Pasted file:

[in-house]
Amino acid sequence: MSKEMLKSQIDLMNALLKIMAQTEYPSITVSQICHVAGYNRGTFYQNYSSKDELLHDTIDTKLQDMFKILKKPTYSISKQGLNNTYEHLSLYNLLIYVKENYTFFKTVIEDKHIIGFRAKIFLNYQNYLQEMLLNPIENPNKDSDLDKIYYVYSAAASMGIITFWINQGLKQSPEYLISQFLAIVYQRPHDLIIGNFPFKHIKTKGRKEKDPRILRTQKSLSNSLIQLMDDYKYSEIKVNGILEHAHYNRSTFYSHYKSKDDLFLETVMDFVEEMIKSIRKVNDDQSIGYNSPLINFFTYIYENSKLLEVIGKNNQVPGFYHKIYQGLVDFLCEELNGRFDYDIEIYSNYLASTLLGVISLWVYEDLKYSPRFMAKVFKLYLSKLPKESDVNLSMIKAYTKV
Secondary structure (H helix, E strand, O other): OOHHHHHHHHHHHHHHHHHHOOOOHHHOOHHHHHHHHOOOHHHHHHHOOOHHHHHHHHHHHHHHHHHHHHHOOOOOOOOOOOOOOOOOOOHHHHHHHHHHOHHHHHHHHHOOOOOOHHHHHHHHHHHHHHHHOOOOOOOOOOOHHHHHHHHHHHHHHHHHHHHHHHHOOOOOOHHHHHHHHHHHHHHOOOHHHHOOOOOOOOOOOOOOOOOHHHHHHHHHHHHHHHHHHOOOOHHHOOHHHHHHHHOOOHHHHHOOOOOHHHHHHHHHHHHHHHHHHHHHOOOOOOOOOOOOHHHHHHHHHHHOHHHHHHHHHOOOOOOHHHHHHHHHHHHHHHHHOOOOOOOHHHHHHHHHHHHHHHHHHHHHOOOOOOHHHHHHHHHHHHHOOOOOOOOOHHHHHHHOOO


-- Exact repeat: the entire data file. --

[in-house]
Amino acid sequence: MSKEMLKSQIDLMNALLKIMAQTEYPSITVSQICHVAGYNRGTFYQNYSSKDELLHDTIDTKLQDMFKILKKPTYSISKQGLNNTYEHLSLYNLLIYVKENYTFFKTVIEDKHIIGFRAKIFLNYQNYLQEMLLNPIENPNKDSDLDKIYYVYSAAASMGIITFWINQGLKQSPEYLISQFLAIVYQRPHDLIIGNFPFKHIKTKGRKEKDPRILRTQKSLSNSLIQLMDDYKYSEIKVNGILEHAHYNRSTFYSHYKSKDDLFLETVMDFVEEMIKSIRKVNDDQSIGYNSPLINFFTYIYENSKLLEVIGKNNQVPGFYHKIYQGLVDFLCEELNGRFDYDIEIYSNYLASTLLGVISLWVYEDLKYSPRFMAKVFKLYLSKLPKESDVNLSMIKAYTKV
Secondary structure (H helix, E strand, O other): OOHHHHHHHHHHHHHHHHHHOOOOHHHOOHHHHHHHHOOOHHHHHHHOOOHHHHHHHHHHHHHHHHHHHHHOOOOOOOOOOOOOOOOOOOHHHHHHHHHHOHHHHHHHHHOOOOOOHHHHHHHHHHHHHHHHOOOOOOOOOOOHHHHHHHHHHHHHHHHHHHHHHHHOOOOOOHHHHHHHHHHHHHHOOOHHHHOOOOOOOOOOOOOOOOOHHHHHHHHHHHHHHHHHHOOOOHHHOOHHHHHHHHOOOHHHHHOOOOOHHHHHHHHHHHHHHHHHHHHHOOOOOOOOOOOOHHHHHHHHHHHOHHHHHHHHHOOOOOOHHHHHHHHHHHHHHHHHOOOOOOOHHHHHHHHHHHHHHHHHHHHHOOOOOOHHHHHHHHHHHHHOOOOOOOOOHHHHHHHOOO